You might wisely think to run, quickly, from anything advertised as an Orange County tradition. Think flying angels at the glass cathedral, boat parades, wreaths hung from auto grilles. But Mr. Bib is here this morning to recruit you into the cult of A Christmas Carol, that 33-year theatrical hat trick staged by the good players of the South Coast Repertory. The continuing story of the annual making of a play advancing liberal capitalist philanthropy (if not, say, class warfare or genuine redistribution of wealth) should perhaps be less surprising or gratifying in the environs of the lawns, temples and glass-concrete terraria complex sponsored by the Segerstroms, et al but perhaps my own surprise, delight and, lately personal connection to it inspires me in recommending you buy a ticket and read a book about the original, and the life and times of this classic, and its author.
After all, the month of Dickens pays for the troupe's staging of terrific plays the rest of the year, on the Segerstrom Stage and Julianne Argyros Stage. The old chestnut makes possible other productions, "serious" and new (sometimes premieres) and often avant-garde, not to mention the terrific kid and family theater lineup.
|Writer - reader Jerry Patch|
And what accounts for its success? Having now seen A Christmas Carol many times, I say "adapter" Jerry Patch, though maybe that's because I so unreasonably esteem writers. Patch read and studied the novella, changed and dramatized and turned it into a self-referential multi-media invitation which not only encourages the audience to finds its own role, but in some kind of jolly un-selfconscious echo chamber, to applaud that role. I have never been to performances where the clapping begins when the lights go down, before the overture or arrival of the first character.
That many generations of OC families feel they own this sucker is tribute to Patch's success at making the audience "as much a part of Fred's (Scrooge's nephew) Christmas party as the actors onstage." So that the show is at once a pageant and a literary explication of a book which everybody thinks they have read, even studied, but in fact have mostly acquired by cultural osmosis or one of the many film versions.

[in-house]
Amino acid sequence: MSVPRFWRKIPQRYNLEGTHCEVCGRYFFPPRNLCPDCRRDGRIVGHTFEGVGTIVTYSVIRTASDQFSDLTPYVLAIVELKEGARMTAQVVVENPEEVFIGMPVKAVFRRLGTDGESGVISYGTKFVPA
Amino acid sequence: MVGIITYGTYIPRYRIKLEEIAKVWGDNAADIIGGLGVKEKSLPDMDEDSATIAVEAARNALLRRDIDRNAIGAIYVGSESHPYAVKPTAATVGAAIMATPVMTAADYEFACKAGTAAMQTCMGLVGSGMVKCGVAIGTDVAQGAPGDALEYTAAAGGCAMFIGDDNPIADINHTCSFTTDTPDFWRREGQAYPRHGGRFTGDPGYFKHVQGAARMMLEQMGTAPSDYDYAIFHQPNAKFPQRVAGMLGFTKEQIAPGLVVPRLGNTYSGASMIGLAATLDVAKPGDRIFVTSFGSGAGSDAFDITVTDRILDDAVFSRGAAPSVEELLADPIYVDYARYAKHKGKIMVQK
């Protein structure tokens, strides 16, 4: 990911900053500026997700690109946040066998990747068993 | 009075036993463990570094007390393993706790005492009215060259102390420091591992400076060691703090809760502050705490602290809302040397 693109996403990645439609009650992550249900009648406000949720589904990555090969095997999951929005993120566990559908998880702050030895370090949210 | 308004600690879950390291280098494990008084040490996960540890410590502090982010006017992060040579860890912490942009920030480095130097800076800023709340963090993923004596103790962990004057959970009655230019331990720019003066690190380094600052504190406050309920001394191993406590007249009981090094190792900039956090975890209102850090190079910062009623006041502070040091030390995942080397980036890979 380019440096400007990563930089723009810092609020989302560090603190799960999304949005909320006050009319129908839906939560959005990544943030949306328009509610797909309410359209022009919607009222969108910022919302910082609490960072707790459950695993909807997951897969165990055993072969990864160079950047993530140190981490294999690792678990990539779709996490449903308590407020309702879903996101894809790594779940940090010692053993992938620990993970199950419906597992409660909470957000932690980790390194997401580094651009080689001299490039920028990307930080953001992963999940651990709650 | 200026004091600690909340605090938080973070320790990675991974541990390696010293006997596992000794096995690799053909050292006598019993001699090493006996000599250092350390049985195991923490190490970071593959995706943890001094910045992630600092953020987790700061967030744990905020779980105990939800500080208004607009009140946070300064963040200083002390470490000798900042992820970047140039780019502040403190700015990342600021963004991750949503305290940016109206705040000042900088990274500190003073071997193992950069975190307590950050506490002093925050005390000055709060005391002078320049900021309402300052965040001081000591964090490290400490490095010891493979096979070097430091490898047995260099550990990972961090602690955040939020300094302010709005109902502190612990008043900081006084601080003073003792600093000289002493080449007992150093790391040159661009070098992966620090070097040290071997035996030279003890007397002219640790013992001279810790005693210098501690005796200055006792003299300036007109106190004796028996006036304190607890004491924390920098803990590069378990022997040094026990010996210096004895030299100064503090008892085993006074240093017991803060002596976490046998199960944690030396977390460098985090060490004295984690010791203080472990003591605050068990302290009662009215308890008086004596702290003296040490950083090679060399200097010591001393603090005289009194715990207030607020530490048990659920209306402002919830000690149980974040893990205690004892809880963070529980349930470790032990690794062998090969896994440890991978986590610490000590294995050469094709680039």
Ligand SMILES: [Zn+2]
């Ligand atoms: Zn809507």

Though in this collaborative effort, it's impossible to overstate the roles of the show's longtime director John-David Keller (also in the cast, and also doing this for over three decades) and the stage manager, Jamie Tucker, as well as a cast which I have now seen firsthand, is so generous and smart about Dickens and Patch's words.
Yes, full disclosure demands that I confess here that my particular personal insight develops much lately from my own kid's experience as one of the child players this year. He's made his parents proud, of course, but, more than than, has caused us to turn our home into Dickensland. It turns out that SCR's thoughtful dramaturgs and actors, cast and crew are experts on the 1843 classic, a deceptively simple-seeming entertainment about ghosts, time-travel, a then-increasingly rightist British Parliament whose actions are famously memorialized in the iconic line about "poor houses," not to mention a response by a liberal utilitarian man of letters of his benighted times to the excesses of the Industrial Revolution. Further ironies abound, not the least of which being a theatrical variety of weird sentimentality for Victorian London, probably not a very nice place at all. And the arguable thinness of A Christmas Carol compared to old Chuck's more serious novels, which I have now also been inspired to visit, or revisit. And, yes, this play's gently astonishing place now in the cultural tradition of Orange County, California of all places.
That this play, begun in 1980 and staged as a one-off fundraiser, became a cash cow, not to mention a legitimate sacred cow,is just perfect, I guess. Maybe I haven't seen enough other adaptations and variations of the book, but that this one succeeds so vigorously in our funny little world of institutionalized political reaction and class disparity, Minutemen and Tea Partiers, GOP hegemony (for the moment, anyway, a county which voted for Romney!) and robotic Reaganoid provincialism meets suburban no-nothingism just delights the dickens out of me. My own theory is that a lot gets expressed up on that stage at Christmastime that cannot be the rest of the year, in a play based on a book which, again, a lot of people have not actually read and for whom this is the single live dramatic production they attend the whole year.
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